The map at the very end of 2020 looked exactly as it did at the end of October. Missing were West Virginia, Oklahoma, Utah, Wyoming, and (surprise, surprise) both Dakotas. This isn’t bad for a year-end tally. In fact, it’s refreshingly normal for a year that was anything but.
The new year’s first big surprise was that IOWA was the first non-Massachusetts plate I spotted. It passed me on State Road in beautiful downtown West Tisbury — headed in the opposite direction, I should add, because State Road in beautiful downtown West Tisbury is a sedate small-town road whose 25 mph speed limit is widely observed.
The last outlier to appear in the #2 spot was Louisiana, which in 2014 I spotted in a summer resident’s driveway on my first round-the-neighborhood walk of the new year. I marked it on the list with an exclamation point. Those particular summer residents are from New York, and what Louisiana was doing in their driveway on January 1 I never learned.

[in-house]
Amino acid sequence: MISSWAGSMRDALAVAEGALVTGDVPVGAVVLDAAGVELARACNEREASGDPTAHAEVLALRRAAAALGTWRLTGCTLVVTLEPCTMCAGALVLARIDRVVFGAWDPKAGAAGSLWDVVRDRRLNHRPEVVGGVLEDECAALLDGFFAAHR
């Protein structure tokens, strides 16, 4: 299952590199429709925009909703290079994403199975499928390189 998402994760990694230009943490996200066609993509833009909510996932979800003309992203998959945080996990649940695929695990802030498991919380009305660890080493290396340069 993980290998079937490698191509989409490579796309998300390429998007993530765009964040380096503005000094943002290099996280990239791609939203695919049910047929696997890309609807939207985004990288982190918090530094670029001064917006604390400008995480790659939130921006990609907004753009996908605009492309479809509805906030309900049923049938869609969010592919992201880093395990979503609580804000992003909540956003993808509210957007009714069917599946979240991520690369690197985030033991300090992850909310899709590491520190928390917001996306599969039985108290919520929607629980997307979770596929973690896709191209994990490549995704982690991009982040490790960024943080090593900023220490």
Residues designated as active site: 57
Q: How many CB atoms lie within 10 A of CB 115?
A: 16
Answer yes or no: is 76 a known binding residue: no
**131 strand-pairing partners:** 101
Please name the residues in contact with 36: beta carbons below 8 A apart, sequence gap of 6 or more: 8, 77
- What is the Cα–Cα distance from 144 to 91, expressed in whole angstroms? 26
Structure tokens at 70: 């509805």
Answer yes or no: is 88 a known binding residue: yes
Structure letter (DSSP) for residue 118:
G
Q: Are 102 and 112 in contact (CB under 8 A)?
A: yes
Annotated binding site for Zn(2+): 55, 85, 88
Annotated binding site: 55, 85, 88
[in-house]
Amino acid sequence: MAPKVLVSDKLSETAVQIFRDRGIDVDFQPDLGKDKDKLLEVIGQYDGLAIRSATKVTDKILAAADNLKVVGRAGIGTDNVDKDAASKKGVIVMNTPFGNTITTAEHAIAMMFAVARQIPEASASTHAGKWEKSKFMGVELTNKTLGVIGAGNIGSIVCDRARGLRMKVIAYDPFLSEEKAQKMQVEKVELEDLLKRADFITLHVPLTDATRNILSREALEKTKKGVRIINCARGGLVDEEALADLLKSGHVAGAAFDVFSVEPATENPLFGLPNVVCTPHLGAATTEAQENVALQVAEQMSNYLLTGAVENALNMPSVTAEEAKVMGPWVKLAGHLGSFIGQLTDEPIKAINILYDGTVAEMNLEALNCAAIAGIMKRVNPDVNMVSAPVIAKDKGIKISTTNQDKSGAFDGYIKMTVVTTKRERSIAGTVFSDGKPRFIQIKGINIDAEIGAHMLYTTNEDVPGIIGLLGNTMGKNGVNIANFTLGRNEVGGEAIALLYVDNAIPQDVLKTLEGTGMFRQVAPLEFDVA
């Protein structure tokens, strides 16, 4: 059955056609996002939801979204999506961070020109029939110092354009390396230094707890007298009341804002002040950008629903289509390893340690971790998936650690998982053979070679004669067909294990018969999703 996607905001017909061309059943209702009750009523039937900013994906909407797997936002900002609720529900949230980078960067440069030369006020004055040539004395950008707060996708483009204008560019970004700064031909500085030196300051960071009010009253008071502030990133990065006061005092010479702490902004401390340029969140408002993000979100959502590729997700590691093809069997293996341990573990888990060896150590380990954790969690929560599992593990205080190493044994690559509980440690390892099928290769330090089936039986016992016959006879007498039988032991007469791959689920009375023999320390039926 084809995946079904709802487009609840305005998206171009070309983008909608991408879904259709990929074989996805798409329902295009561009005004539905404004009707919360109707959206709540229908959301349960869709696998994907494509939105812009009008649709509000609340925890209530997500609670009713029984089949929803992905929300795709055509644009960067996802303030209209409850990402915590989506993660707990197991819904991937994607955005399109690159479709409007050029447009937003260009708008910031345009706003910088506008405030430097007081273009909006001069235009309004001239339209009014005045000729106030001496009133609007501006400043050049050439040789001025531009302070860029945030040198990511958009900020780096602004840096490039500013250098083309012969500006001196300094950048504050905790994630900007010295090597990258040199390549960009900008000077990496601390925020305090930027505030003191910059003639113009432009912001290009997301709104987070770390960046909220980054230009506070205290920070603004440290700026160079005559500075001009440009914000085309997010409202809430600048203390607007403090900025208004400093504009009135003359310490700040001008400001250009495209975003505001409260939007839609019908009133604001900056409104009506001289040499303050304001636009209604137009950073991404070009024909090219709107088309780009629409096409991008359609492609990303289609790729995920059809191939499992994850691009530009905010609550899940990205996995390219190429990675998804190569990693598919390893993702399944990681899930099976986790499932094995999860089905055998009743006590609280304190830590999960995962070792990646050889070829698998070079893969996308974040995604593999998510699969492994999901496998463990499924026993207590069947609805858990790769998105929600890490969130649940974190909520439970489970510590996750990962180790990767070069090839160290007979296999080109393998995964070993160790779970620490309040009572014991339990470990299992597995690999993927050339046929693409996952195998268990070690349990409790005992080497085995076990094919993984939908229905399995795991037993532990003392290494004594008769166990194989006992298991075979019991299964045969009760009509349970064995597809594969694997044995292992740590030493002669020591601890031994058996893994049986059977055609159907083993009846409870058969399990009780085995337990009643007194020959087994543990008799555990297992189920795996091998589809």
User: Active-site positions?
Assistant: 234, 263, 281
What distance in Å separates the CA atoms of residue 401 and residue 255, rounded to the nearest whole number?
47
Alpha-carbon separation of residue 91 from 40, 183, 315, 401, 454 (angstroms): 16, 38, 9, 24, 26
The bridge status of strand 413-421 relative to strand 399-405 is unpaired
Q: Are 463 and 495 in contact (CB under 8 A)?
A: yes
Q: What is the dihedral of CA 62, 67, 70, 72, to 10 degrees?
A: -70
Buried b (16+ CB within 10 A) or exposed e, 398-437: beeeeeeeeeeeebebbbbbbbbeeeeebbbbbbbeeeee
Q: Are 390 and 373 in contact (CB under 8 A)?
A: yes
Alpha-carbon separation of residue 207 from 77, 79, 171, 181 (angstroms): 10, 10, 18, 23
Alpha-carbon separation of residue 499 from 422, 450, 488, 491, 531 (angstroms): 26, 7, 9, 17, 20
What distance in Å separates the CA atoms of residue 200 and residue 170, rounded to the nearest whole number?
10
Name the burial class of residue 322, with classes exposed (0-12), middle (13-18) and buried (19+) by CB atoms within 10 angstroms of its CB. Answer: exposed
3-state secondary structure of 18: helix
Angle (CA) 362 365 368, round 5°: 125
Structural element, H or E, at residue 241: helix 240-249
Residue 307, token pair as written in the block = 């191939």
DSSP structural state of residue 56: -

A Facebook friend from another midwestern state wondered why Massachusetts and/or the Vineyard was allowing people in from Iowa, given the hypocrisy of Iowa’s U.S. Senator Joni Ernst, who after downplaying the seriousness of Covid-19 was among the first in line to get the vaccine. This would apply to quite a few other states whose registered vehicles frequent Vineyard roads. Florida, whose plates are almost as common here as those of the other New England states, might head the list.
Florida, however, was not among my top 10 for 2021. They are, in order, Massachusetts, Iowa, Connecticut, Virginia, New York, Rhode Island, New Jersey, Maine, New Hampshire, and Texas. Last year, Maine, at #17, barely made the top 20, and Vermont hasn’t shown up yet, but the year is very, very young.